All too often we hear negative stories from the poker tables. Bad beats, bad karma, bad players, a bad run. Those familiar with this poker site know that rather than focus on the bad in poker, Cardplayer Lifestyle prefers to showcase the positive side of the game we all love. It’s with that in mind that I’m happy to share with you a brief story about good karma, which happened to me about a week and a half ago while playing at the poker room at the South Point Hotel and Casino in Las Vegas.
The South Point might ring a bell for those of you out there who were fans of the show High Stakes Poker, as it was the location for the action during a couple of the show’s seasons. It’s located about a 15-minute drive south of the Las Vegas Strip, down the I-15, by exit 31. I had never visited this poker room before, and generally speaking I always look forward to adding a new $1 chip to my growing collection.
I arrived around 11pm on a Thursday to find a couple of friendly tables running, mostly filled with locals by the looks of things, enjoying what seemed to be some fun games and decent action. As I always do upon arriving at a new poker room, I asked what promotions were running. I was told that they offered a $50 bonus for hitting quads when using both hole cards, with higher amounts offered to those fortunate enough to hit straight flushes and royal flushes – again using both hole cards.
I was running pretty well during the session, up approximately about $150 at my $1-$2 table after about two hours, when I looked down at my cards to see pocket Kings. Wouldn’t you know it, as my friend and GOAT poker vlogger Andrew Neeme would say “the flop came pretty favorable,” JdKd3s. I had flopped top set. One opponent called my $20 bet, and the turn then brought the beautiful fourth King. I had quads. The action went check-check to the meaningless (for me) river, which brought a third diamond, the 8. I was able to squeeze a bit more money out of my opponent with a small bet, but more importantly, when I scooped the decent-sized pot and smiled at my good fortune, I was ready to claim the extra $50 due me from the poker room.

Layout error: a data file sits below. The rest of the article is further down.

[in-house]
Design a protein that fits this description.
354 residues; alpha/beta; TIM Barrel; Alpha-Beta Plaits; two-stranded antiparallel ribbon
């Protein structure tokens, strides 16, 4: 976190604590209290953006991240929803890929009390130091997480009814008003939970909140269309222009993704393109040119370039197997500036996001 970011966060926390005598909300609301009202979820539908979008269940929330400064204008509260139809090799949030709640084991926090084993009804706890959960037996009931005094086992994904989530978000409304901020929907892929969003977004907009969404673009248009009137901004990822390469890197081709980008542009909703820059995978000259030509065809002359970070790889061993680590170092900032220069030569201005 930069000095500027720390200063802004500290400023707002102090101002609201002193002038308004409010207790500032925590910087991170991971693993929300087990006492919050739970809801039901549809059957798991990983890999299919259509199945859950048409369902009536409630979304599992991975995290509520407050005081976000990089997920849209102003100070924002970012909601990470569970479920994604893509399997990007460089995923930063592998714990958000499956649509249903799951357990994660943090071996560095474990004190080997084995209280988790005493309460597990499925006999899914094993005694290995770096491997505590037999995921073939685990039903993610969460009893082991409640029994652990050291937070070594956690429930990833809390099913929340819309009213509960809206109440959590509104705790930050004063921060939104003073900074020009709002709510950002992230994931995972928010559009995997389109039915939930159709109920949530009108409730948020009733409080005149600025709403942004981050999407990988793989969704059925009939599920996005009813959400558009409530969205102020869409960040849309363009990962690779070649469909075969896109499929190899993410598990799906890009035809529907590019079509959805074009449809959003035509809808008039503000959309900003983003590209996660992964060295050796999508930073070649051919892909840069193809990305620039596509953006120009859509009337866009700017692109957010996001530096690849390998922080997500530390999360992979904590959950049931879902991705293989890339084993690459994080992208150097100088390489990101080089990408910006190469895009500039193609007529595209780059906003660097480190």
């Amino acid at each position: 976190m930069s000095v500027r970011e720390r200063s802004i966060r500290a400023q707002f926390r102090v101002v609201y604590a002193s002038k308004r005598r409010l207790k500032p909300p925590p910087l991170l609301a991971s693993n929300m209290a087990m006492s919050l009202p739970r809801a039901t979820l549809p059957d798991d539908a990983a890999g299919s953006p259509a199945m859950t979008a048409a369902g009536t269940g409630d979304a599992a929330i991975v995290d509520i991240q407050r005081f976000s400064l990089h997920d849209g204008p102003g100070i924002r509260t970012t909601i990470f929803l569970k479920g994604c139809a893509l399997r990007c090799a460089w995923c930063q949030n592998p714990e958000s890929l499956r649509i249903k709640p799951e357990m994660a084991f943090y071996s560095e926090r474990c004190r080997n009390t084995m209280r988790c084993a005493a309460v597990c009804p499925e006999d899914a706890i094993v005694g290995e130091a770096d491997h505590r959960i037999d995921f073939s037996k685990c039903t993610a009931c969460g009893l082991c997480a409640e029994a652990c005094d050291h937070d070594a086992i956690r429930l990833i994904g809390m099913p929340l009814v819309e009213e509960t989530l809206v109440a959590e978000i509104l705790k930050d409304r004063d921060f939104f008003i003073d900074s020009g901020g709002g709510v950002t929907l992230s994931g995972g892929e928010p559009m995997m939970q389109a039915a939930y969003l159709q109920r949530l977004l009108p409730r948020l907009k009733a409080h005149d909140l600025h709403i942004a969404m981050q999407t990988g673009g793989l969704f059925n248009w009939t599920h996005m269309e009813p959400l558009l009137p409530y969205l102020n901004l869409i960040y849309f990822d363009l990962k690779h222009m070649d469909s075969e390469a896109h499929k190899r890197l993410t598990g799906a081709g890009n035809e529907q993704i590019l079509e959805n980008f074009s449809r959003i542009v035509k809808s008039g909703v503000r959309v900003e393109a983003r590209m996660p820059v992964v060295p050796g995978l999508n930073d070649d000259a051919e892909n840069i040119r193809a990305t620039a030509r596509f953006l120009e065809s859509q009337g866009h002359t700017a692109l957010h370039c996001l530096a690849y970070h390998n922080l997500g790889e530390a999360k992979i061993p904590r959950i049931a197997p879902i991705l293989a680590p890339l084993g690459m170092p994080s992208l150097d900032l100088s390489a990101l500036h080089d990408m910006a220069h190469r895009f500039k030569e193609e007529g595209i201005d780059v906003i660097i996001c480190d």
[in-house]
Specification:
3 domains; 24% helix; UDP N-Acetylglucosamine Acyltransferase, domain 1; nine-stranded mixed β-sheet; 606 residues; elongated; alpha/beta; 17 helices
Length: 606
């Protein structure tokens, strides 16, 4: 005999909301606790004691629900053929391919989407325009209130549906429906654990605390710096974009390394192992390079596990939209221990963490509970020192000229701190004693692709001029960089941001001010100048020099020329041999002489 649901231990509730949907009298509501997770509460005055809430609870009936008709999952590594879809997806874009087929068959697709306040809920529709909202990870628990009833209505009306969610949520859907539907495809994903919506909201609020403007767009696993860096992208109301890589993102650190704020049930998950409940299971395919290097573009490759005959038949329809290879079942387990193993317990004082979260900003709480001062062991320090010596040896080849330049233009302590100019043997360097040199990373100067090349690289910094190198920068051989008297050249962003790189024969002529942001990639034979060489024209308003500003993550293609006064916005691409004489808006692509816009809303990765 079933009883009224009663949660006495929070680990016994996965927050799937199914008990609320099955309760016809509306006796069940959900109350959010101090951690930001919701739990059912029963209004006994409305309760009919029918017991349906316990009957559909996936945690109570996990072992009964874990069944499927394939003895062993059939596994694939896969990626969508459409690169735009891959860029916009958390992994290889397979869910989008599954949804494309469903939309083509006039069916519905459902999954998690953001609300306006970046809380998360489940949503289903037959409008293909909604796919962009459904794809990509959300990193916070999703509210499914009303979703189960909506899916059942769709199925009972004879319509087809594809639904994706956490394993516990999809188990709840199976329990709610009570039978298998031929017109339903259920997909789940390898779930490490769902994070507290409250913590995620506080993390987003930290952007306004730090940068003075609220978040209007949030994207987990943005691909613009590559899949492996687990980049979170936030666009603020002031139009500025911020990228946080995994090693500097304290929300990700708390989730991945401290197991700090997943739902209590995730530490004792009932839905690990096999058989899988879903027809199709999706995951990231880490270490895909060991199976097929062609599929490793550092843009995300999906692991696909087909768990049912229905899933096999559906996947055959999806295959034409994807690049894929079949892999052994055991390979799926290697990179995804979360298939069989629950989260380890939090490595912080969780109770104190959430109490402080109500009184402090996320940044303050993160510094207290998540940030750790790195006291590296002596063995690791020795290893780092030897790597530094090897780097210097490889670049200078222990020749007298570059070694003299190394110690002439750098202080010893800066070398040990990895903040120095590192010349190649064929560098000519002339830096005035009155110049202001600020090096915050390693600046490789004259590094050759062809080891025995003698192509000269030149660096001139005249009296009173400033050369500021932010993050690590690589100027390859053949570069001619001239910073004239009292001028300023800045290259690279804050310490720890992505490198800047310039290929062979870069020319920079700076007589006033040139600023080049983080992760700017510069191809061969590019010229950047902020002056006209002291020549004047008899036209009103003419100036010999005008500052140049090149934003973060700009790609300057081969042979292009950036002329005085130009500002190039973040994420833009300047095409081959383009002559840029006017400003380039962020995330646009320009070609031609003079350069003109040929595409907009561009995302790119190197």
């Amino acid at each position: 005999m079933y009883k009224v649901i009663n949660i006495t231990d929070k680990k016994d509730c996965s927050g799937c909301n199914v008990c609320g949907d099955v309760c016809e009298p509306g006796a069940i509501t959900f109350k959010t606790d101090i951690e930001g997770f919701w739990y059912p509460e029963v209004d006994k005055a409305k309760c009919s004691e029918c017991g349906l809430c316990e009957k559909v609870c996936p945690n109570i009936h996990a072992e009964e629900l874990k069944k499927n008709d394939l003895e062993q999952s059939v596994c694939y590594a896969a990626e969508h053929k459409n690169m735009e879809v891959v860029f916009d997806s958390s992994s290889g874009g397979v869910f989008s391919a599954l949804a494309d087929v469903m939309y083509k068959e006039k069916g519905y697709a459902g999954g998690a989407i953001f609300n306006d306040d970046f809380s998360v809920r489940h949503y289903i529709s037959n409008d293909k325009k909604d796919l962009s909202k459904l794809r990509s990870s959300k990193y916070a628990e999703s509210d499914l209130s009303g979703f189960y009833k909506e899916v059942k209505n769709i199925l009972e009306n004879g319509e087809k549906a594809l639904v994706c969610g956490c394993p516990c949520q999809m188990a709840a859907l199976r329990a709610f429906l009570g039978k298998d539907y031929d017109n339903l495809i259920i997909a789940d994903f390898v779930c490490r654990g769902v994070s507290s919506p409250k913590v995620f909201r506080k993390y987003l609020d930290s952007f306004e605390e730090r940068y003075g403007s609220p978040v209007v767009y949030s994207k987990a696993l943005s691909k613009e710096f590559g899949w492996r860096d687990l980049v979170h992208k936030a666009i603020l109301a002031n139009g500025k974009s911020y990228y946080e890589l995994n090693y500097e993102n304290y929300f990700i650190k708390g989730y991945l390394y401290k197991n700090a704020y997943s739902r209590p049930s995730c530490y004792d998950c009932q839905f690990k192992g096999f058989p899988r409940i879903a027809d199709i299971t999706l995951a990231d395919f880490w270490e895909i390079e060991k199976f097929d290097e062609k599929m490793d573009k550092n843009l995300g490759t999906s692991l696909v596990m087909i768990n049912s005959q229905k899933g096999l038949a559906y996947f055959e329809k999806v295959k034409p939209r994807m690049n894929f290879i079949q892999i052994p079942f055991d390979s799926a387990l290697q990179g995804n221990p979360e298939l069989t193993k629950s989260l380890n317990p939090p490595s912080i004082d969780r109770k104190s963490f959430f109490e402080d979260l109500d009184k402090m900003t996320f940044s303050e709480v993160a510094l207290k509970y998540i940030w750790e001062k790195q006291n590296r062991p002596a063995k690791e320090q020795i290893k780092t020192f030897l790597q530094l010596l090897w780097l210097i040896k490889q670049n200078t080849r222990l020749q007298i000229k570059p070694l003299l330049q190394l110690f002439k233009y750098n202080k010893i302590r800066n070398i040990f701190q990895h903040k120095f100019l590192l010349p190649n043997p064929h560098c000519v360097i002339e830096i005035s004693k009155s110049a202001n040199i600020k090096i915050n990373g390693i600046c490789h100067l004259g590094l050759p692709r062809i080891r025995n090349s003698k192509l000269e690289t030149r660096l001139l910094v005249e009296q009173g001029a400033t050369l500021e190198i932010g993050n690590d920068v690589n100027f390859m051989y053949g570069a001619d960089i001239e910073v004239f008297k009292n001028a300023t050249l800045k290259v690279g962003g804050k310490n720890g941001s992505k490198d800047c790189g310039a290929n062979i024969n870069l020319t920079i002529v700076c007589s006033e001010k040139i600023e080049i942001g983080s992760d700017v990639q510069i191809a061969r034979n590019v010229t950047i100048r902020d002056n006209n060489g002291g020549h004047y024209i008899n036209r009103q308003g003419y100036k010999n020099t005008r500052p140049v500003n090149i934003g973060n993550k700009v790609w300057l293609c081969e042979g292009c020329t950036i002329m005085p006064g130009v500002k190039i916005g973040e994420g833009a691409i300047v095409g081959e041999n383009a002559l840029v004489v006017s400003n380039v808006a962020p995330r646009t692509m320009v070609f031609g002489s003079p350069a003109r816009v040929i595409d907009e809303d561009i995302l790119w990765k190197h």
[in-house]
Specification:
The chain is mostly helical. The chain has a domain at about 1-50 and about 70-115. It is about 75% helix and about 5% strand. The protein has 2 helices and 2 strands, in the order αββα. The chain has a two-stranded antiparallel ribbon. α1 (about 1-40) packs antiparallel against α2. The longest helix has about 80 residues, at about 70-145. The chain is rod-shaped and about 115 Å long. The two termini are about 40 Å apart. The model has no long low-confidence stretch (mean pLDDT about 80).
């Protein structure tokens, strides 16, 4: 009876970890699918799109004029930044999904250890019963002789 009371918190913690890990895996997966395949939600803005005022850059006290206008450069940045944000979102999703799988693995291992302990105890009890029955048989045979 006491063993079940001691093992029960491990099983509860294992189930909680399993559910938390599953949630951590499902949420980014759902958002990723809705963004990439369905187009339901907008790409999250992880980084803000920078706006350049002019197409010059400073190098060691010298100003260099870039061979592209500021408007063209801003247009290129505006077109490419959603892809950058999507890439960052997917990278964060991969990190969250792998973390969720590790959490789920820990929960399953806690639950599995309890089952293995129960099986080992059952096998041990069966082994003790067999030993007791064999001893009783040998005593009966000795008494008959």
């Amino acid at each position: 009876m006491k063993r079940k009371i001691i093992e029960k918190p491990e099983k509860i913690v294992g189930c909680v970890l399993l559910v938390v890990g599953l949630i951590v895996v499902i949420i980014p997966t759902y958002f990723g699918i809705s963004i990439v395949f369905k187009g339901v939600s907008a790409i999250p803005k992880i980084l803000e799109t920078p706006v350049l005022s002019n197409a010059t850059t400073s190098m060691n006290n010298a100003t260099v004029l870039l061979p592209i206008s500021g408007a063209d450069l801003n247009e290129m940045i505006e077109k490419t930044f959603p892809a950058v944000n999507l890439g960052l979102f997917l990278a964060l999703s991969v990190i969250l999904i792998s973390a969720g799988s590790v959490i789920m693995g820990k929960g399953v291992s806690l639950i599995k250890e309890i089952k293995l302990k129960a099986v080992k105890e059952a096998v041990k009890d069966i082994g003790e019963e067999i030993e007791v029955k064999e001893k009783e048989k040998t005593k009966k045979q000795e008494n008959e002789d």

Rather than a floor person, another live dealer working at the room approached the table a couple minutes later with a clipboard for me to sign my name, $50 in red $5 chips, and four green $25 chips. As she congratulated me, I asked why she had brought me $150 instead of $50. She replied that there was an additional promotion running in the room wherein the first time quads or better are hit each day, the winner would get an additional $100; “Quick Hits,” she called it, and as it was only just a bit after 1am, I was the first one of the day to hit.
I couldn’t be more thrilled. I happily signed my name, pocketed the extra bonus money, and sent a picture of my good fortune to my wife, Miriam, back in Israel. Naturally, she was pretty happy, too.
My session continued until, a few minutes later, the poker room manager approached my table and asked “are you Robert?” I answered in the affirmative and he asked “could you please come with me for a minute?” Nothing of this sort had ever happened to me in a poker room before; it almost felt like getting called into the principal’s office at school, but I had done nothing wrong to warrant this sort of attention. Warily, I got up from the table and asked the room manager if everything was OK, or if I had done something wrong. The following conversation then ensued between us: